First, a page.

Killed for a trinket: A ton of illegal ivory to be crushed in Central Park
“People need to understand the impact of what they’re doing when they buy a piece of ivory.”
Statistics show that approximately 96 elephants are killed each day due to ivory poaching, bringing these majestic animals ever closer to complete extinction.
To raise awareness for this global crisis and continue fighting the illegal ivory trade, more than 1 ton of confiscated tusks, trinkets and jewelry worth more than $6 million will be publicly destroyed in Central Park on Thursday, Aug. 3, nine days before annual World Elephant Day.
“People need to understand the impact of what they’re doing when they buy a piece of ivory,” said John Calvelli, executive vice president of public affairs for the Wildlife Conservation Society and director of 96 Elephants. “It’s very sad — these pieces of ivory represent hundreds of elephants that were killed.”
A contest was held for the public to help destroy the ivory, which will be placed on a conveyer belt and fed into a rock crusher. The fragments will then be held by the city’s Department of Environmental Conservation, and Calvelli said the WCS and DEC are in talks on how to use them for education.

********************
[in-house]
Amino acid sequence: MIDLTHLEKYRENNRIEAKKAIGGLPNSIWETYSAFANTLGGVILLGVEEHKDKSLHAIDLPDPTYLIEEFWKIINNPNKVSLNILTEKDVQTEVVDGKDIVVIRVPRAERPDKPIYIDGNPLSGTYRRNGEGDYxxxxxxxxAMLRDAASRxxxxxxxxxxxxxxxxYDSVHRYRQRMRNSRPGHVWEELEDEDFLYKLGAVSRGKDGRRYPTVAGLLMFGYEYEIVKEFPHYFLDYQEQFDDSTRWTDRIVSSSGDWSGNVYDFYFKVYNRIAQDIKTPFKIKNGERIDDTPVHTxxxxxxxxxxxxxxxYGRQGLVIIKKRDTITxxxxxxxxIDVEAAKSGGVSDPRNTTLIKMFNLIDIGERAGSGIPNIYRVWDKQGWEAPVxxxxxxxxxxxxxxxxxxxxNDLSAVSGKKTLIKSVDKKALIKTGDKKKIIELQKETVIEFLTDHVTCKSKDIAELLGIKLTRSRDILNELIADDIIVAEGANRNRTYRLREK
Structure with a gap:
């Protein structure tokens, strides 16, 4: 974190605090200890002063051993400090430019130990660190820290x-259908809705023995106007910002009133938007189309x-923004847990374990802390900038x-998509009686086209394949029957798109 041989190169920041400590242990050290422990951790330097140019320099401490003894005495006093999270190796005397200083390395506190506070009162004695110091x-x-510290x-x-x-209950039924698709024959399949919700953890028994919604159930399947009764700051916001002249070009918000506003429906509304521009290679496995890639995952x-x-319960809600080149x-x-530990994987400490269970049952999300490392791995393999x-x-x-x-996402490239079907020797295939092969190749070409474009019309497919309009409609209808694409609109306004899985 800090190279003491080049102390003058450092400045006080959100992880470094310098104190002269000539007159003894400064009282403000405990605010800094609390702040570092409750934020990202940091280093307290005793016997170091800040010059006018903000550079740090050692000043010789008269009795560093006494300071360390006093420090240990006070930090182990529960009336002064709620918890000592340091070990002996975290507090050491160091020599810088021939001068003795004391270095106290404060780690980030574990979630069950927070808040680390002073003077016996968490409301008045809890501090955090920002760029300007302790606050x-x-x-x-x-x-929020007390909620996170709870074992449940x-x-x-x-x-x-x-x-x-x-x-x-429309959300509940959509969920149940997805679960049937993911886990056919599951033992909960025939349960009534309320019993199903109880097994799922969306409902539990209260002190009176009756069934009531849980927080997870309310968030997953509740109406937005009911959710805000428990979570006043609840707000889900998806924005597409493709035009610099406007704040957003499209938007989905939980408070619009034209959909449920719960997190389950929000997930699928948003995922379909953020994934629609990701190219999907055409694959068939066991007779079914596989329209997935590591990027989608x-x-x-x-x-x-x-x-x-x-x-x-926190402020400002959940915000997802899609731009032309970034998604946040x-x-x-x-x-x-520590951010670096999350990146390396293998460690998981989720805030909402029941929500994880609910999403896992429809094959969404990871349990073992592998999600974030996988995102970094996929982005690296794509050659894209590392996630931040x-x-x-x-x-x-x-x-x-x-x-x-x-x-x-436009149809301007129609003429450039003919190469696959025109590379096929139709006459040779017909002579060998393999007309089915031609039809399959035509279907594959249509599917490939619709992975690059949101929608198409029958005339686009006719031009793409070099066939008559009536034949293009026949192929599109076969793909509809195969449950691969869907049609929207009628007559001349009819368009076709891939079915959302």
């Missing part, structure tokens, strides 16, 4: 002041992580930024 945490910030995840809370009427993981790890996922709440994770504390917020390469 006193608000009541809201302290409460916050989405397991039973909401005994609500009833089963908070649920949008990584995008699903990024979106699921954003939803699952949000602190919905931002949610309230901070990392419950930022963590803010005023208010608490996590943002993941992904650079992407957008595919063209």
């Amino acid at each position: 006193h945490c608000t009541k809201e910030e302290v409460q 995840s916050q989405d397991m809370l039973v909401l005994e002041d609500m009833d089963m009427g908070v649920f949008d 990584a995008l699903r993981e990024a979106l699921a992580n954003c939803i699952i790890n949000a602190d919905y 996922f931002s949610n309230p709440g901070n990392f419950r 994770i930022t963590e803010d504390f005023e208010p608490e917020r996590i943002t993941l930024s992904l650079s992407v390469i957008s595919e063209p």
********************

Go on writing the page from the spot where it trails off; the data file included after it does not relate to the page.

The ivory was seized in New York, which was the largest U.S. market for the illegal ivory trade until legislation banned it in 2014.
Calvelli said data shows criminal organizations within Africa that have global reach use ivory as bush currency to buy weapons and other things.
“We work on the front lines in many countries where these last remaining elephants are, and these laws we’re working on, like the one here, make it much more difficult for these criminal syndicates to sell the ivory,” he said.
It is not illegal to own ivory, and it can still be legally sold in New York with documentation that the item is an antique. Small amounts found in musical instruments is also acceptable.
The main takeaway for Thursday’s event, Cavelli said, is “that ivory should remain on elephants. Should these majestic animals be killed for a trinket?”
To attend the Aug. 3 ivory crush in Central Park, visit WCS.org/96-elephants.